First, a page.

The sheepshead (Archosargus progatocephalus) is a member of the porgy family (Sparidae), which is made up of about 120 species. Sheepshead is its common name in the Gulf of Mexico but other areas of the United States it is convict fish, sheephead, seabream and southern sheepshead. Some other common names around the world include kubinskiy morskoi karas’ (Russian), rondeau mouton (French), sargo (Spanish), sargo-choupa (Portuguese), and sparus owczarz (Polish).The sheepshead is distributed throughout the western Atlantic in coastal waters from Nova Scotia, south to the Gulf of Mexico with the densest populations occurring off southwest Florida. Sheepsheads are also found in smaller numbers, off the coasts of Central and South America down to Brazil. The sheepshead isn’t seen in the Bahamas, West Indies or Bermuda.This fish occurs mostly inshore around rock jetties, pilings, and piers and in tidal creeks. The sheepshead prefers brackish waters as opposed to straight seawater but you’ll find them off Alabama’s State pier in large numbers during the early spring. This fish moves offshore in late winter and early spring for spawning, which sometimes happens near artificial reefs and navigation buoys. The juveniles live in seagrass flats and over mud bottoms.The sheepshead has an oval-shaped, deep body with a blunt snout and small mouth. The dorsal and anal fins have strong, short spines with long pectoral fins extending past the base of the anal fin when pressed close to the body. The tail fin has a shallow fork.The adults are silver to greenish yellow with a dark back. There are five to six dark vertical bars on each side, which are very obvious in juveniles. The tail and pectoral fins are greenish with the dorsal, anal, and ventral fins colored dusky or black.You may have thought that only sharks had wicked teeth but you’d be well advised not to put your fingers into the mouth of a sheepshead. Teeth of the sheepshead include most of what we’ve come expect in mammals not fish, like incisors, molars, and grinders. At the front of the jaw are incisor-like teeth that tend to jut out. The molars are arranged in three rows in the upper jaw and two rows in the lower jaw. These heavy and strong teeth are used for crushing and grinding the shells of animals that are their prey.Although the record in the Gulf of Mexico is 21.4 pounds, adult sheepshead commonly run about one to eight pounds and 14 to 18 inches. The maximum known lifespan of the sheepshead is at least 20 years maturing on the average at 2 years.Sheepsheads are omnivorous and like teenagers will eat just about anything they can put in their mouths around. They feed on invertebrates, small fish and occasionally plant material. Adults prey on blue crabs, oysters, clams, crustaceans and small fish including young Atlantic croakers. Sheepsheads use their teeth to crush the shells of blue and hermit crabs and scrape barnacles off rocks and pilings. Juveniles feed on zooplankton, polychaetes and chironomid larvae.Sheepsheads spawn primarily in the early spring, though larvae have been found from January through May. Adults migrate offshore to spawn and then return to nearshore waters and estuaries. Spawning frequency ranges from once a day to once every 20 days. Females may produce from 1,100 to 250,000 eggs per spawn. The young are most abundant in seagrass beds and mud bottoms where they feed on copepods and algae. When they reach a length of 50mm juveniles leave the grass beds and mingle with the adults around jetties, piers and pilings.This fish is highly valued due to its white flesh and mild flavor. Its heavy scales and strong spines make it a chore to fillet. It’s marketed both fresh and frozen and is cooked by broiling, microwaving and baking. Commercially, the majority of sheepshead is take as by-catch by shrimp trawlers and tossed back. They can also be caught by longlines, seines and trammel nets. Commercial catches of sheepshead have historically been the largest off the coast of Florida, Texas, and Louisiana.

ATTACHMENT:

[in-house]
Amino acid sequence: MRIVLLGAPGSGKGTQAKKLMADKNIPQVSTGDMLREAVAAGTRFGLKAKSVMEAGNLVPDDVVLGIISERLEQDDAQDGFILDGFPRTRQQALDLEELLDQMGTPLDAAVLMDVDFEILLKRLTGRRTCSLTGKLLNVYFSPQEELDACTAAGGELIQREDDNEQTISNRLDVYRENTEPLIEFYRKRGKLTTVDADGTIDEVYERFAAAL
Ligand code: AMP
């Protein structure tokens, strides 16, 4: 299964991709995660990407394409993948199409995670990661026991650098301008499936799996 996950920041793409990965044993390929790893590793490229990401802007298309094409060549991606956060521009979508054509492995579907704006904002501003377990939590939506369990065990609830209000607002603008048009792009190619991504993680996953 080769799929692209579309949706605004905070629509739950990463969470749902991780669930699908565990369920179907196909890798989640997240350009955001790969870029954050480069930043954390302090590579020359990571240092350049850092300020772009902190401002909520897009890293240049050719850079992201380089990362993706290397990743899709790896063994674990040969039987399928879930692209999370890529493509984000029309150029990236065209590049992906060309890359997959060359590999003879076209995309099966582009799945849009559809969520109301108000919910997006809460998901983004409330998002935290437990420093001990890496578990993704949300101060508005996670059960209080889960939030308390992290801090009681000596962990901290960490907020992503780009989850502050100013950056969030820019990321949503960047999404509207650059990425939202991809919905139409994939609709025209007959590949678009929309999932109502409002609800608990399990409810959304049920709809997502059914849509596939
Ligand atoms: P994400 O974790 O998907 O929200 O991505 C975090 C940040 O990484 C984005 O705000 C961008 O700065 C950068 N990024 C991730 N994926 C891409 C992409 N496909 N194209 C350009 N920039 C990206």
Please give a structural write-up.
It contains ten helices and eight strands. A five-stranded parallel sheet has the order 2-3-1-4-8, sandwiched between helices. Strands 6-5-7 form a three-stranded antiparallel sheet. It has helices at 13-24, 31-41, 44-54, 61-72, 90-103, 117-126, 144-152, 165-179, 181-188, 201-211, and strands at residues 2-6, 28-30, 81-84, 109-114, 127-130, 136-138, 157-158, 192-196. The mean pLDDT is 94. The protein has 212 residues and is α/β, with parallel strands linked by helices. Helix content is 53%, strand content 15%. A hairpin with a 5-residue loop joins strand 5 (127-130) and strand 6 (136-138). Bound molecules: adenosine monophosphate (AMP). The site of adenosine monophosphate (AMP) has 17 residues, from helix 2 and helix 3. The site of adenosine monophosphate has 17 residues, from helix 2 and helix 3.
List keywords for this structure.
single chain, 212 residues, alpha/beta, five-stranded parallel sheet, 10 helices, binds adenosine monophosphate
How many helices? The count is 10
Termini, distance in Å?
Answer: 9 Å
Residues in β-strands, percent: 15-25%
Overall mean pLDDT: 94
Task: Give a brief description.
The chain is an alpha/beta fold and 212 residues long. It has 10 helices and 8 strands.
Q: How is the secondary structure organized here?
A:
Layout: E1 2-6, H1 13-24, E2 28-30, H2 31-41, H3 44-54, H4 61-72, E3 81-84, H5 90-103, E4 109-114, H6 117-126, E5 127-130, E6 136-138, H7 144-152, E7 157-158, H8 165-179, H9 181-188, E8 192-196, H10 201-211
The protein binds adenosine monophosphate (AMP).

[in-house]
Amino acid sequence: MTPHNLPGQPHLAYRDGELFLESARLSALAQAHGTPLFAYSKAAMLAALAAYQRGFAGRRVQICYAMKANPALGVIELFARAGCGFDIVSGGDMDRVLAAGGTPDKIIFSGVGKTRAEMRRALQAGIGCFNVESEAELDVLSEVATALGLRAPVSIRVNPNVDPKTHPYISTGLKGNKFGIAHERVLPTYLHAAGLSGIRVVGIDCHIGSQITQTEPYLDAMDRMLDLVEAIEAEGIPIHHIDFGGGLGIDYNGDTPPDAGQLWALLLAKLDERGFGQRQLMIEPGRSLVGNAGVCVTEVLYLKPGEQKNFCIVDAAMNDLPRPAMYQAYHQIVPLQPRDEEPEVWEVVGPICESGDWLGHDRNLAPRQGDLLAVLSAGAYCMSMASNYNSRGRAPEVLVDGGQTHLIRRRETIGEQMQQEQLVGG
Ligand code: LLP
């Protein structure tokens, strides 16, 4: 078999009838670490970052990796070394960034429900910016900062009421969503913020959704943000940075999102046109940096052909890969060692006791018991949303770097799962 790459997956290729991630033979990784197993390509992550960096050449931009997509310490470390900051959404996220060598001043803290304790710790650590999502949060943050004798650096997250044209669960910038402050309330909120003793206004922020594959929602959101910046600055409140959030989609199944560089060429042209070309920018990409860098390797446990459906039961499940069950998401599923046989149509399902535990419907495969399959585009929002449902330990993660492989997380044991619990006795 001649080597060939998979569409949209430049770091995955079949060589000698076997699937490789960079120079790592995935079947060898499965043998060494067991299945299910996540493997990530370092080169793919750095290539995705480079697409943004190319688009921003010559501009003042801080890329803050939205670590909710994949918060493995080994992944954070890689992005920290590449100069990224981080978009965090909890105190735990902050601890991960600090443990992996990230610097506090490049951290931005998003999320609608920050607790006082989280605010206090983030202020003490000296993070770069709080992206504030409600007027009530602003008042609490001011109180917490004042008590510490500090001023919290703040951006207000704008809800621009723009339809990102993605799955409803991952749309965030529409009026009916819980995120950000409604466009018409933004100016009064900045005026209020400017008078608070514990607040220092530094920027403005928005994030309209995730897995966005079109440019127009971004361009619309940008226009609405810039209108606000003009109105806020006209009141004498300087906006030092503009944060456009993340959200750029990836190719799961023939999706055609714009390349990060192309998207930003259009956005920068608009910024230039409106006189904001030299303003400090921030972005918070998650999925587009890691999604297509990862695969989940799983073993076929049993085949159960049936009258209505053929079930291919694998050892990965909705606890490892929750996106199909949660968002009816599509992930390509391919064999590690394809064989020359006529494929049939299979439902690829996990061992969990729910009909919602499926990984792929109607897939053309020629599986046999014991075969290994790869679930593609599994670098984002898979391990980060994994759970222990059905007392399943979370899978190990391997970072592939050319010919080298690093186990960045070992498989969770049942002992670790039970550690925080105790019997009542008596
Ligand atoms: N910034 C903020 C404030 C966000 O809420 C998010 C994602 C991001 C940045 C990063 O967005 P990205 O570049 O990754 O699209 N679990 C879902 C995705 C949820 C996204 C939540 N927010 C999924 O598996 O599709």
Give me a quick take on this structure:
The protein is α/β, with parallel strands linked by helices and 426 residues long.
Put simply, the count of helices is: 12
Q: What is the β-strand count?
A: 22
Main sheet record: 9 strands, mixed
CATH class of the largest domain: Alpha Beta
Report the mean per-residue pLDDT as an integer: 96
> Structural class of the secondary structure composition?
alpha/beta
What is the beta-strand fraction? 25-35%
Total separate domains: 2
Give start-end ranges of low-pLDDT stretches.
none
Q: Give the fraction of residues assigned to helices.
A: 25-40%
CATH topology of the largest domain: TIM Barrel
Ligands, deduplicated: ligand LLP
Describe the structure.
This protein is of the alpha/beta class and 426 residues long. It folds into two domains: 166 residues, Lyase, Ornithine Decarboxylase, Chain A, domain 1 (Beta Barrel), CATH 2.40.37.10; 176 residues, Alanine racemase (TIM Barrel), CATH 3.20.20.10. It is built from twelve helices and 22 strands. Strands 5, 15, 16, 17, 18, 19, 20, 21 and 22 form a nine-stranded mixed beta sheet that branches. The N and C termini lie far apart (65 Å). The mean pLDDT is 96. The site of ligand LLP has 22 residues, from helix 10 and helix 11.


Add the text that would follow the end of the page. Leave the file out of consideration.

Think Global – Act Local!